The tombs of the Han Emperors, most of whom were buried around the capital of Chang’an (modern Xi’an), were probably looted in antiquity and none has been scientifically excavated in modern times. However, these are not the only Han royal tombs to have survived.

In the early 2nd century BC some of the closest and most trusted relatives of the Emperors were awarded territories within the Han realm over which they ruled as kings.

A number of these royal tombs in eastern China (especially around the Han family’s home town of Xuzhou) were discovered during road building and other projects or as a result of attempted robberies, and excavated in the 1980s and 90s. These excavations have provided a wealth of evidence about Han period tombs, funerary practices and their beliefs about the afterlife.

The Han emperors aspired to be seen as strong and successful rulers who left their mark on history.  As such, among the most important of all imperial acts was preparing for an afterlife as comfortable and glorious as that enjoyed on earth.


The location of the tombs

Map showing the location of the tombs


The Han royal tomb treasures on display in The Search for Immortality come from the tombs found near Xuzhou.  These represent the burials of the Kings of Chu, one of the kingdoms granted to a branch of the imperial family by the Han emperors.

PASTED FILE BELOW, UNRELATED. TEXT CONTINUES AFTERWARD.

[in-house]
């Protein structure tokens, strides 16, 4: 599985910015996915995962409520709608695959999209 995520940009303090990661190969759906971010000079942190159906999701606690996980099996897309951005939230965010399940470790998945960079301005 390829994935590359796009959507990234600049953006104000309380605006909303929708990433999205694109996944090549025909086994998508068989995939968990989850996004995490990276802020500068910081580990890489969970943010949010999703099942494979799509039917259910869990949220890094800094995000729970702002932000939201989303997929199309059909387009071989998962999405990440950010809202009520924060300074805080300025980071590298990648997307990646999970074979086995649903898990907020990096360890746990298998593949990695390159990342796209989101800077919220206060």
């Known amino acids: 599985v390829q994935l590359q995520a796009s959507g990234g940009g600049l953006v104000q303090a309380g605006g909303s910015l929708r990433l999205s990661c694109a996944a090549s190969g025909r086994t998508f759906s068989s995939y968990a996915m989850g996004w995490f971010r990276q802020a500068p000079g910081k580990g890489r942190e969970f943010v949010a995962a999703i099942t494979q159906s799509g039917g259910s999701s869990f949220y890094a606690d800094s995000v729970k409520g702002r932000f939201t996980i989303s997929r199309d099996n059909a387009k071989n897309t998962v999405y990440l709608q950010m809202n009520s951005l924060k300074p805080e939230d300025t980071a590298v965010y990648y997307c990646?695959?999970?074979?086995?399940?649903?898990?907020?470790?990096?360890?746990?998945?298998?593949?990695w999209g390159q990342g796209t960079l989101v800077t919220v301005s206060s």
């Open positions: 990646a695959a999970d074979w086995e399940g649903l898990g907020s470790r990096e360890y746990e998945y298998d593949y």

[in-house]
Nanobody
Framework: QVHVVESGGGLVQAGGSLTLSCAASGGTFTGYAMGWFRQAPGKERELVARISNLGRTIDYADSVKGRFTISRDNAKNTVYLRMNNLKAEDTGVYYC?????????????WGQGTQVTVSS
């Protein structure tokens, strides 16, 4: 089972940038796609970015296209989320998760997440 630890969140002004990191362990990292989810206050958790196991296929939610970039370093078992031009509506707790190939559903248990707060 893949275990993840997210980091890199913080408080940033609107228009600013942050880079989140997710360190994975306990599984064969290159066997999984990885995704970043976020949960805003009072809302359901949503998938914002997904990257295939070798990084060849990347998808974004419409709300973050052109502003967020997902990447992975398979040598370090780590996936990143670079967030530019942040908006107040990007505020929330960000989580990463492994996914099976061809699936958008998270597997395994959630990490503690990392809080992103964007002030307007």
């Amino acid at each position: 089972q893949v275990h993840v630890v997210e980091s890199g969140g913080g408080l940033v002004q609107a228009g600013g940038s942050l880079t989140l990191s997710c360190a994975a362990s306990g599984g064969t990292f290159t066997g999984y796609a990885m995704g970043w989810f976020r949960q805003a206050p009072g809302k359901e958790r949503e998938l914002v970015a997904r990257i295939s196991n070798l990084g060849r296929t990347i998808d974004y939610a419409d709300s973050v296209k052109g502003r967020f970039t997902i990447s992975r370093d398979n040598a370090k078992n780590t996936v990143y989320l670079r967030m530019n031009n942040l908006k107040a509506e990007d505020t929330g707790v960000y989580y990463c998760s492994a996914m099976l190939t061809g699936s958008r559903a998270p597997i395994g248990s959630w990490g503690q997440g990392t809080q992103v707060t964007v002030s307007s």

The tomb at Shizishan, belonging to the second or third King of Chu, contained a spectacular array of goldwork and jades, including the finest of all the jade suits known to date and a unique jade-inlaid coffin.

A two-storeyed tomb at Beidongshan belonging to one of the second through fifth Kings of Chu yielded a small army of terracotta warriors with remarkably preserved painted decoration and another rich group of distinctive jades.

The third tomb, at Guishan, usefully contained a royal silver seal which allows the occupant to be identified as the sixth King of Chu, Liu Zhu (r. 128–116 BC).

These royal tombs provide a unique window onto the life of the Han royal courts. Unlike earlier dynasties, whose tombs consisted of large pits, most Han royal burials were cut horizontally into the living rock of the hillside. A shaft-like corridor led to a suite of rooms, presumably reflecting the layout of the deceased’s palace, which was to be his residence in the afterlife.

The tomb would be provided with all the luxuries of court life: furniture, kitchen utensils, tools and weapons, ritual equipment, jewellery, foodstuffs, toilets and other appurtenances of royalty, including their unfortunate concubines, cooks and servants, who were sacrificed to serve their master in the hereafter.

Jade was believed to protect the body from decay and corrupting demons and therefore played a particularly important role in the funerary equipment of royal burials.

Ornaments in this hard, pale green stone were applied lavishly to the body (some of them heirlooms from earlier centuries and millennia), while kings and their immediate family received the ultimate safeguard of an all-enveloping suit made of jade mosaic.

Bronze musical bells, incense burners, lamps, braziers and mirrors suggest some of the rituals by which ancestors and other spirits were conjured into being. Other finely crafted objects from the royal workshops were made of lacquer, gold and silver, as well as silk and other perishables.